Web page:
Top National Geographic Explorer Itineraries

View All Lindblad Expeditions National Geographic Explorer Itineraries (11)

Fellow Passengers

The itineraries often dictate the age of the passengers. The longer expeditions attract an older group, except during school holidays, and the shorter trips see a wider age range. Most passengers are Americans, with a smattering from Europe, Australia or East and South Asia, depending on the cruising region. All announcements are in English. The ship prints a list of passenger and staff names, along with everyone's cities, states and countries of origin.


Lindblad Expeditions National Geographic Explorer Dress Code

There is no dress code. It is up to the passengers to decide what they feel most comfortable wearing, depending on the weather and circumstances. Lindblad passengers are not generally sloppy, so you won't see shorts and T-shirts at dinner. On the captain's night, few if any men will have jackets or ties. When cruising in the Polar regions, passengers will need special attire -- including boots that come up to the knee, heavy socks, waterproof pants to protect against rain and spray, parkas (supplied by Lindblad in Antarctica), scarves and gloves -- for going ashore.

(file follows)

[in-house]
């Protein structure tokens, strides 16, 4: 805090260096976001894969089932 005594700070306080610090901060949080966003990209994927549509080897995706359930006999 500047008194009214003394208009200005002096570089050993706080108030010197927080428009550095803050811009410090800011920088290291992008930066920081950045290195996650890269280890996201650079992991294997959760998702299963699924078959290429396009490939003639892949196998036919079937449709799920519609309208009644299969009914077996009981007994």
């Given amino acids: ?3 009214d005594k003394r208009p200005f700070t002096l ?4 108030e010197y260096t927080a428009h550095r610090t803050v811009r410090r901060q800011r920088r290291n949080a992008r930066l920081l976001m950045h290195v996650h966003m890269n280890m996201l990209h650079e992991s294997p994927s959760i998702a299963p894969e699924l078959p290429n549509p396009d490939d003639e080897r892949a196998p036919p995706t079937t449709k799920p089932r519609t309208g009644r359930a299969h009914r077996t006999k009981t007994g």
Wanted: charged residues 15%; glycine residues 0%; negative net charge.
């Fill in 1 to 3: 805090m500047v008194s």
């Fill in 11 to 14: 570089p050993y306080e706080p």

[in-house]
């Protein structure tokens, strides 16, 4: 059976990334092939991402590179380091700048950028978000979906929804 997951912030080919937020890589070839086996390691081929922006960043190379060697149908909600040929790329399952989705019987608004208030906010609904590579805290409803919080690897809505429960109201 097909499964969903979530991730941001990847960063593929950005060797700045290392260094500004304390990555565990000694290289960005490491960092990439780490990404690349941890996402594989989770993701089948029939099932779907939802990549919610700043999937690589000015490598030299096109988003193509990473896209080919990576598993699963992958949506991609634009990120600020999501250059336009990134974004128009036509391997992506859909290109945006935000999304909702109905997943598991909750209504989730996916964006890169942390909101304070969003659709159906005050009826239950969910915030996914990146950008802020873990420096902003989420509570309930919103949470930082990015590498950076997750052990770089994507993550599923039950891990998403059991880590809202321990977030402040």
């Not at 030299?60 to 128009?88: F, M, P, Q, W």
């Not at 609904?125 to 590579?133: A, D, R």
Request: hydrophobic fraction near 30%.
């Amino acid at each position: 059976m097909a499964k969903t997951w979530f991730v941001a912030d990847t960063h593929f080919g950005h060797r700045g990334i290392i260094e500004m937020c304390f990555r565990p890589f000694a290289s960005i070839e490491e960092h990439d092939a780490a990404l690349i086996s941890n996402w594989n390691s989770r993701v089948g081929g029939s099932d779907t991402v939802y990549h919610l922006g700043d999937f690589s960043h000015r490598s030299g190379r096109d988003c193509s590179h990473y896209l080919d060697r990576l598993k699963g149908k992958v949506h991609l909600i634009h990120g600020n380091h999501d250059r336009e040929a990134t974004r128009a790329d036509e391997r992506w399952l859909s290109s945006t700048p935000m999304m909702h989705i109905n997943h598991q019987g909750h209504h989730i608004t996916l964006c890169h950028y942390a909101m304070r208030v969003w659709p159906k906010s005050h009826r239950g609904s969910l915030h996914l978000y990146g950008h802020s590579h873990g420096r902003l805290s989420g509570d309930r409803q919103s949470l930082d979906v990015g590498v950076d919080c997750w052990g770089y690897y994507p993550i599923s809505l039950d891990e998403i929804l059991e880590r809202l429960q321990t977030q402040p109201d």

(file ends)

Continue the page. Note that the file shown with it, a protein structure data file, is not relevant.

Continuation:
Free Price Drop Alerts
Get tomorrow's price drops
250,000+ people have entered their email
By proceeding, you agree to Cruise Critic’s Privacy Policy and Terms of Use.

Find a Cruise

National Geographic Explorer Ratings

CategoryEditorMember
Cabins4.04.6
Dining4.04.5
Entertainment3.04.4
Public Rooms4.04.7
Fitness Recreation3.04.3
Family4.0N/A